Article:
Help: carbon footprint of medical oxygen?

Laura-Jane Smith's picture

Hi network,

I'm supervising an inpatient oxygen presribing QIP. I'd really like to try to motivate people into good oxygen use using a sustainability framework. I am struggling to work out how to quantify the impact of oxygen waste/savings. The only thing I can find on carbon footprnts of oxygen is this: which is methodology but doesn't really help. This talks about carbon intensity but I'm not sure of the relevance:

I'd be really grateful for any help! Thanks. LJ




Toby Hillman's picture


There isn't very much on this. I contacted BOC and Air Liquide a while back, and they weren't very forthcoming.

However, I spoke with Tom Pierce about this - he is sustainability lead at RCoA.

Oxygen seems to be a by-product of other gas manufacturing so they don't tend to calculate.  However, I think it might be worth pursuing for some of the other costs associated with it - rather than just manufacture.  These would be transport etc.

This is going to be hard to do for inpatients, but for LTOT would make a lovely project. 

There is a LOT more awareness of oxygen flows from central supplies now too following COVID surges so you might find some interesting metrics there about use of oxygen depending on mode of ventilation etc, and ultimately the overall use of the hospital depending on how many meters are left flowing at 5L/min when hanging up on the wall.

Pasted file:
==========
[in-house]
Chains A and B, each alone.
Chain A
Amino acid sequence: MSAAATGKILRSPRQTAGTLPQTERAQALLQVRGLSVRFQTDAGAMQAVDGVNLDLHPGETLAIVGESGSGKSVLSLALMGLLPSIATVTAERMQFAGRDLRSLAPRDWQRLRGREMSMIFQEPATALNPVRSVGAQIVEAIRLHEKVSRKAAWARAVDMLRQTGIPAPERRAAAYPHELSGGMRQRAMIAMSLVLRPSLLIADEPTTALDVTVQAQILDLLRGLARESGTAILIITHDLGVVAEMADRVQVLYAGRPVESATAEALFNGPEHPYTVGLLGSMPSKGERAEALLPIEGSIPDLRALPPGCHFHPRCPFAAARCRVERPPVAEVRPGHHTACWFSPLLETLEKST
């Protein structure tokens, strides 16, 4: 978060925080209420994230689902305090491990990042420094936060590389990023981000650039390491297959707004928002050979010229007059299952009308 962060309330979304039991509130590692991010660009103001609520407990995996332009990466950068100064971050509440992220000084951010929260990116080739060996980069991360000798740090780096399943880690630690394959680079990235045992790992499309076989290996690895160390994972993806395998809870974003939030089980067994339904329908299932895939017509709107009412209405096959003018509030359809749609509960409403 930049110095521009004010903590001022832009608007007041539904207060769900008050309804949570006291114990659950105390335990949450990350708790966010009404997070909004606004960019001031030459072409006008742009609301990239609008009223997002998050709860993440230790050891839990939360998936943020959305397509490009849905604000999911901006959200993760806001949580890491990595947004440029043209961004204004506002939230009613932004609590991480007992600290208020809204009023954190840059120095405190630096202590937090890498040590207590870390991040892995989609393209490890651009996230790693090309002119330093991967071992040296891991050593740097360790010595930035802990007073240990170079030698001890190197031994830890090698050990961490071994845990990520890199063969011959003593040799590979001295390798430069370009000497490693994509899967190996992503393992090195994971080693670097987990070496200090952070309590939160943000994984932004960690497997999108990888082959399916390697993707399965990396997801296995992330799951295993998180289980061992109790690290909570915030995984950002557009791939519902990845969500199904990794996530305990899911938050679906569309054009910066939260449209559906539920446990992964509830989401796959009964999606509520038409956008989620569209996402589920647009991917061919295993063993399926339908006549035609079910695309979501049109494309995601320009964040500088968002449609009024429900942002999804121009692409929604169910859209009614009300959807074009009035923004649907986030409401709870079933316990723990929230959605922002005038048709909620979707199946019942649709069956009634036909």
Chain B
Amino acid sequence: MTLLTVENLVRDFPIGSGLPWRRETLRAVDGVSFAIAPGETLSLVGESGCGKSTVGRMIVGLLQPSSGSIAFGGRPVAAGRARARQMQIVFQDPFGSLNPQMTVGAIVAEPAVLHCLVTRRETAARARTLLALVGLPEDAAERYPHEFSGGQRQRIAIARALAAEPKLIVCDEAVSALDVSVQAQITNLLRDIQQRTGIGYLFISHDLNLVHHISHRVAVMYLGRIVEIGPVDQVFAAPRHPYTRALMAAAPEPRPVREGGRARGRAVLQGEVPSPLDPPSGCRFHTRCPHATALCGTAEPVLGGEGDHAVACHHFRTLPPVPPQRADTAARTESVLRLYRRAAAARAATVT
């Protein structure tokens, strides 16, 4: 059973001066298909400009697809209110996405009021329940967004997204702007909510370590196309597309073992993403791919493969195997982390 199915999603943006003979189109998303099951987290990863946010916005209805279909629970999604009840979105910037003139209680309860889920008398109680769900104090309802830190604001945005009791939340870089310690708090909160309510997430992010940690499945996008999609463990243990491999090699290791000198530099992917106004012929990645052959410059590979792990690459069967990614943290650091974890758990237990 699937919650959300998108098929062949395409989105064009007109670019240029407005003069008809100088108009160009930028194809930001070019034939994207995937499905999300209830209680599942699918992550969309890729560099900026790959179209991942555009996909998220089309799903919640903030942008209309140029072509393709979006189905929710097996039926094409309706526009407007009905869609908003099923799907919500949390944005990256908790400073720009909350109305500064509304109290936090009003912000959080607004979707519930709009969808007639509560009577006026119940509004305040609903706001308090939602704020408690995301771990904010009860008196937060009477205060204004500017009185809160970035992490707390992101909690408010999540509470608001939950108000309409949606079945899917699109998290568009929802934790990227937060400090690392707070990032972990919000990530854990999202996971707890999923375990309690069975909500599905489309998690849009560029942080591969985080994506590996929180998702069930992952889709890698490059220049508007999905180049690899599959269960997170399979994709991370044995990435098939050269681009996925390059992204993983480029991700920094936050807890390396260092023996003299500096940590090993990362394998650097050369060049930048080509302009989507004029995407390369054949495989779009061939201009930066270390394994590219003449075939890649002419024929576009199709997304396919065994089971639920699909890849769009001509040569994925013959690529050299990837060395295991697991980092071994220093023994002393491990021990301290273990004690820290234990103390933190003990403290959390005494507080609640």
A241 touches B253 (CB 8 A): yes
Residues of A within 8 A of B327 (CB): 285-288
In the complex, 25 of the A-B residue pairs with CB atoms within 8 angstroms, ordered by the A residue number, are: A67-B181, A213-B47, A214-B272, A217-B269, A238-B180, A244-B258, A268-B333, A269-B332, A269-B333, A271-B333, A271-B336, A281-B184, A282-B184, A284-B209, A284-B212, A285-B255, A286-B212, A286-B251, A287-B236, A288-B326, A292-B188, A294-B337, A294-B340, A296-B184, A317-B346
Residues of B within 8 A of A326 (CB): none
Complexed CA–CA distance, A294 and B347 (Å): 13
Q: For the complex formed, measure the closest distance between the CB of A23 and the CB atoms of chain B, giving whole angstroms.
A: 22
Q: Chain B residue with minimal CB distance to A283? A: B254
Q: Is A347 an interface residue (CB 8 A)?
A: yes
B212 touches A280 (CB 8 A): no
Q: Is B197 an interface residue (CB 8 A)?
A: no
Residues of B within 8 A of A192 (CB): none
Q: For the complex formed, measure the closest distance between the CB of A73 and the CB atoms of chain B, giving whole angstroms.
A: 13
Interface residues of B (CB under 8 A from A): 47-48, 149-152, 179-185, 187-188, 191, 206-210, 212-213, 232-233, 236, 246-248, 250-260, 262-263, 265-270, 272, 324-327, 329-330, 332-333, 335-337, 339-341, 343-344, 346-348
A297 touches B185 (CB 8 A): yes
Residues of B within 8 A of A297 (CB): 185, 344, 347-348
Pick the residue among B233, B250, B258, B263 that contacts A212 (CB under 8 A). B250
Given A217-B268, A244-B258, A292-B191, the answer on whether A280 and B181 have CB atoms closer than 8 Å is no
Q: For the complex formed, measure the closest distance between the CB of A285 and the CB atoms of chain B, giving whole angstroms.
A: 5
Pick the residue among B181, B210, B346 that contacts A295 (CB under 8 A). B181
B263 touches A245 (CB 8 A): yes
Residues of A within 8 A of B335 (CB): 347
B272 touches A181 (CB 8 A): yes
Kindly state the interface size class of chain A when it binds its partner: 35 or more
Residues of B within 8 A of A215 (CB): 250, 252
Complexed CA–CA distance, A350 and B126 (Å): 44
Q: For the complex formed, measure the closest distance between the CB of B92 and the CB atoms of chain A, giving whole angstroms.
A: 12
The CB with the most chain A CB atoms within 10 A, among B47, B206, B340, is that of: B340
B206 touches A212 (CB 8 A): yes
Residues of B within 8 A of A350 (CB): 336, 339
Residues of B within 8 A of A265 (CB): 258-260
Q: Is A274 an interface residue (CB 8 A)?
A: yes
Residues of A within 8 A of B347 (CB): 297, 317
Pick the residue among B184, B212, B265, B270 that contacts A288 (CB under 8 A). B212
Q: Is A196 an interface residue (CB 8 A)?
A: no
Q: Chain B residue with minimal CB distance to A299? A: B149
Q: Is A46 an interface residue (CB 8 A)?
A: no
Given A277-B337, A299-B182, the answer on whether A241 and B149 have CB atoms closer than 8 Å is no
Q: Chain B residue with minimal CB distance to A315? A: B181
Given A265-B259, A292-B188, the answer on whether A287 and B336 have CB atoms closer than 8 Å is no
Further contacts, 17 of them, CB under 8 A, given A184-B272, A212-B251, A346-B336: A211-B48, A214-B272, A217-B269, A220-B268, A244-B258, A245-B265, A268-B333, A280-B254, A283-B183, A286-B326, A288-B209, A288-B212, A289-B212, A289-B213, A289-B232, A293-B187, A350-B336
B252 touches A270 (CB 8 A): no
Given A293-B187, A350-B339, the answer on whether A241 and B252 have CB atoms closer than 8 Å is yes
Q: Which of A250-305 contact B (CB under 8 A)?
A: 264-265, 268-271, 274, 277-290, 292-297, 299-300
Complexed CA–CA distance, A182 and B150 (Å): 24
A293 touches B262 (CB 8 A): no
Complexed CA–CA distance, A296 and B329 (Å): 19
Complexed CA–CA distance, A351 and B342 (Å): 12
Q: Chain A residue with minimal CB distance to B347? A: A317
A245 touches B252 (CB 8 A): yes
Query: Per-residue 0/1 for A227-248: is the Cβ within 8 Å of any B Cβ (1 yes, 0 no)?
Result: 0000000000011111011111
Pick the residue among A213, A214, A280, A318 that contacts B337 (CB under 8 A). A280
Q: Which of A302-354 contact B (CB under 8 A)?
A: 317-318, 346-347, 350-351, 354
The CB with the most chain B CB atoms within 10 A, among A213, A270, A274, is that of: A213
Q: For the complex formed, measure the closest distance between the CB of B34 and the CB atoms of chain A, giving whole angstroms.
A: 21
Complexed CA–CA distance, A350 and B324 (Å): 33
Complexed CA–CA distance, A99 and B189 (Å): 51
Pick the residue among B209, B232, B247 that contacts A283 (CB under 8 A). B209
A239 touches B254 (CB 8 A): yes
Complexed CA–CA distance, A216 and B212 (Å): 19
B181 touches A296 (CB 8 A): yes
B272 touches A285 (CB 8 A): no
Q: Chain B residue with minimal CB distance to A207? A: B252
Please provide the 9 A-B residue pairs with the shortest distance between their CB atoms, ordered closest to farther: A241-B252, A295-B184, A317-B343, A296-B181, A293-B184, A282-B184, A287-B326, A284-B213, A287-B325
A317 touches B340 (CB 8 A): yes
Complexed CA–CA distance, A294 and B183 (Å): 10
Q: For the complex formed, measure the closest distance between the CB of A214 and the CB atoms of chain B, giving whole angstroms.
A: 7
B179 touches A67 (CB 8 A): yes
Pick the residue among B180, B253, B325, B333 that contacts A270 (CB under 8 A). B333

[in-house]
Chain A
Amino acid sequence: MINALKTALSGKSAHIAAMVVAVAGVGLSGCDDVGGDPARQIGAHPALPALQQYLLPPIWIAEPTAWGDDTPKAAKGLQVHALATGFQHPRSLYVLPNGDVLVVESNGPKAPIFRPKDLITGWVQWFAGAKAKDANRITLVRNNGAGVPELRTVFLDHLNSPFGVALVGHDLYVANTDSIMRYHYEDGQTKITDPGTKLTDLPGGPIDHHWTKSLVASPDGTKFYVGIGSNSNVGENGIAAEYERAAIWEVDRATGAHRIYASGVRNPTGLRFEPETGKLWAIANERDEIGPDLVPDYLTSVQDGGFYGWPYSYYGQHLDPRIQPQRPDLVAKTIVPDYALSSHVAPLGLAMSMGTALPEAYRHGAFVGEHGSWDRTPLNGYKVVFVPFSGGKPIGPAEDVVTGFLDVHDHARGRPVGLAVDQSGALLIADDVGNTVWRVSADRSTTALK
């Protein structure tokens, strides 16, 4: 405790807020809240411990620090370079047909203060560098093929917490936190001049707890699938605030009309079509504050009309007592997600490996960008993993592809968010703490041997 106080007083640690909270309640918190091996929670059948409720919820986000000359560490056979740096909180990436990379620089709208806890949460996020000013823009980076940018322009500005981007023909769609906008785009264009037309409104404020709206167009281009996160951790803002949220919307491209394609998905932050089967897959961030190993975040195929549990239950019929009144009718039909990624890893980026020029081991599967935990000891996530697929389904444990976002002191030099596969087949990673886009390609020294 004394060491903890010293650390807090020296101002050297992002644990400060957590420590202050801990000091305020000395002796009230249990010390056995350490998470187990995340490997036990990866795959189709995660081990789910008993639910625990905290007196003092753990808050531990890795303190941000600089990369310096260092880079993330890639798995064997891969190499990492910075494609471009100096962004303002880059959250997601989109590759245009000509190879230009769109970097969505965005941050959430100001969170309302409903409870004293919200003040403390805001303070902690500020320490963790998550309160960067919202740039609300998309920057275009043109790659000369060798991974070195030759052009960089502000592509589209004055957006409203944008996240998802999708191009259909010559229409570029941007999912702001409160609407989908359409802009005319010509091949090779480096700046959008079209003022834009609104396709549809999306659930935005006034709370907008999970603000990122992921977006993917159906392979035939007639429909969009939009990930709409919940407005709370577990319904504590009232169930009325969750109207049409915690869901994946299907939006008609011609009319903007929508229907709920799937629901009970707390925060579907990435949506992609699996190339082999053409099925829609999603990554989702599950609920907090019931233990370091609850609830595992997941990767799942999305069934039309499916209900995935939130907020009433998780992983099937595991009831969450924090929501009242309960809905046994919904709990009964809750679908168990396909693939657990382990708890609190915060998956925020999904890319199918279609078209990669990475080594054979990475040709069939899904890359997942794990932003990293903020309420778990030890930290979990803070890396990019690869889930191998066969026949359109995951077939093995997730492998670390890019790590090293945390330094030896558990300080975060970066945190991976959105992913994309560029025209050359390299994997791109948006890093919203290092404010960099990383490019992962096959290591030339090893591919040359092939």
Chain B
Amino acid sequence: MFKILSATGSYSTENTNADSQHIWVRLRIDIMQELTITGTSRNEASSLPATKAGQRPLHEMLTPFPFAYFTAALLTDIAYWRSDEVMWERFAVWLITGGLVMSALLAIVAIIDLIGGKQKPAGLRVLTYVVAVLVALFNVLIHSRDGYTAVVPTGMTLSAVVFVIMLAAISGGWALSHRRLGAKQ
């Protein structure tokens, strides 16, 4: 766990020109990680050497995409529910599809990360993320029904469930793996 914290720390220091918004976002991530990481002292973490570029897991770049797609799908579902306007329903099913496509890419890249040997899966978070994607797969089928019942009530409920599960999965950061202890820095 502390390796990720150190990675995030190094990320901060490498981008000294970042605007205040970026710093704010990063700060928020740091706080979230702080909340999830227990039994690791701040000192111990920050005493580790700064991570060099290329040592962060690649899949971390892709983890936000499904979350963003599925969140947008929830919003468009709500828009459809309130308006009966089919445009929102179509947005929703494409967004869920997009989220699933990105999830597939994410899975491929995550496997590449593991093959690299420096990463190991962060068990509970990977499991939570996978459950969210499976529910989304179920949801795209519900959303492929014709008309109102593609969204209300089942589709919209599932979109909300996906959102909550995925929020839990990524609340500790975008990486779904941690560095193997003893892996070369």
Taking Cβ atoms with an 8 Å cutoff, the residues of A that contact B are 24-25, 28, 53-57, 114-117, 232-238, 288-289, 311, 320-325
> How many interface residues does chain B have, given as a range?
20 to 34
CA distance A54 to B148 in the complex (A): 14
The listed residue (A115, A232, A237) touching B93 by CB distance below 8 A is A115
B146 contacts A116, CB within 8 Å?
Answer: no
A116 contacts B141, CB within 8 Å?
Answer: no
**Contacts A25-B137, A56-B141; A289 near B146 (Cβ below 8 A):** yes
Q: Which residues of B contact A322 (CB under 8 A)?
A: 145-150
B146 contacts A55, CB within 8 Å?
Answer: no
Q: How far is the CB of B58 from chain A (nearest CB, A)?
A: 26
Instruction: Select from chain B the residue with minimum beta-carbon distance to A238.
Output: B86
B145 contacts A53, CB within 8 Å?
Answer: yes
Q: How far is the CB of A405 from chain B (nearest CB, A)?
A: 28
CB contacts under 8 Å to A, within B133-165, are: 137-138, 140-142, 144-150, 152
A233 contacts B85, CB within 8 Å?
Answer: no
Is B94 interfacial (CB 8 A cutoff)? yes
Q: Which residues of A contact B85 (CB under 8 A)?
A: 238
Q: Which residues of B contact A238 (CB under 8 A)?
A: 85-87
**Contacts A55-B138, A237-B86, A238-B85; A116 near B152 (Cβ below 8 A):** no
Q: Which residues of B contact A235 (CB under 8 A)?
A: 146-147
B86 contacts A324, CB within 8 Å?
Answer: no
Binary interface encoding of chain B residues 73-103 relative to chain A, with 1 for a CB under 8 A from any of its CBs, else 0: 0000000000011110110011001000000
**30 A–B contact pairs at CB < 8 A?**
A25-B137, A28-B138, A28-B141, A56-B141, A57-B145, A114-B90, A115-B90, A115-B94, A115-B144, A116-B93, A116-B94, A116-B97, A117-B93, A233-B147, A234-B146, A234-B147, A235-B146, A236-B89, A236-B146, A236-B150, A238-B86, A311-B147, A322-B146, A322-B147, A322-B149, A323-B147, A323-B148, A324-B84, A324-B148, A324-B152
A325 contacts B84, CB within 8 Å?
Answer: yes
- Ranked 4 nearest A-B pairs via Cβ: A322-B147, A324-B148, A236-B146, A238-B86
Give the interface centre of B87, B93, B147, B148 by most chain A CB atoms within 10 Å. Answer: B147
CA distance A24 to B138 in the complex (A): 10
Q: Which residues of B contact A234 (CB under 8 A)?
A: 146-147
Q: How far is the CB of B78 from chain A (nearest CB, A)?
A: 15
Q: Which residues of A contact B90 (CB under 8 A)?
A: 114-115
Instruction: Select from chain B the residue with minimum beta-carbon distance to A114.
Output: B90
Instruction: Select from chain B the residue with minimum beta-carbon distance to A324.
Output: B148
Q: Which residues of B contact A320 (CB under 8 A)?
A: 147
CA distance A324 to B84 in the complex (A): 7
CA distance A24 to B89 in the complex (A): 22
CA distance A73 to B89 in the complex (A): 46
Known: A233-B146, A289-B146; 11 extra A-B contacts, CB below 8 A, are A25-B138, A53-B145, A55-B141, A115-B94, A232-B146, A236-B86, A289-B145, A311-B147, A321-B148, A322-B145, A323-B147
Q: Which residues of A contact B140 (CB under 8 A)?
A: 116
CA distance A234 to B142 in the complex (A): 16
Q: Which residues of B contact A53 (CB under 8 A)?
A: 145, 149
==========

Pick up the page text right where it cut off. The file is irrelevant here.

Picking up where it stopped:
Heather Baid's picture

Tom Pierce talks about oxygen waste in this YouTube video:

Some of my students on ICU nursing course that I lead have used one of their assignments to audit how much oxygen is delivered to patients (to identify how often patients are over oxygenated to identify opportunity for improving clinical care but also reduce finanical and carbon footprint waste).  Let me know if you'd like futher information.  I would be very interested to see the results of your project too.  Preventing oxygen waste is even more pertinent now because of the pandemic as noted in previous comment above.

There is likely to be presentations on this type of thing at the upcoming SHARE conference on 7 May 2021 (free online via Zoom) - registration now open and programme to be available soon:





Nick Hopkinson's picture

There's a referenced cost per L here. Depends on the source of electricity


"Oxygen is produced by the fractional distillation of liquified air, a more energyÔÇÉintensive process than the compression of air for medical purposes. Based on data from Ecoinvent [2], the production of 1 l of oxygen requires approximately 0.001 kWh of electricity, whereas the production of 1 l of medical air requires 0.0003 kWh."




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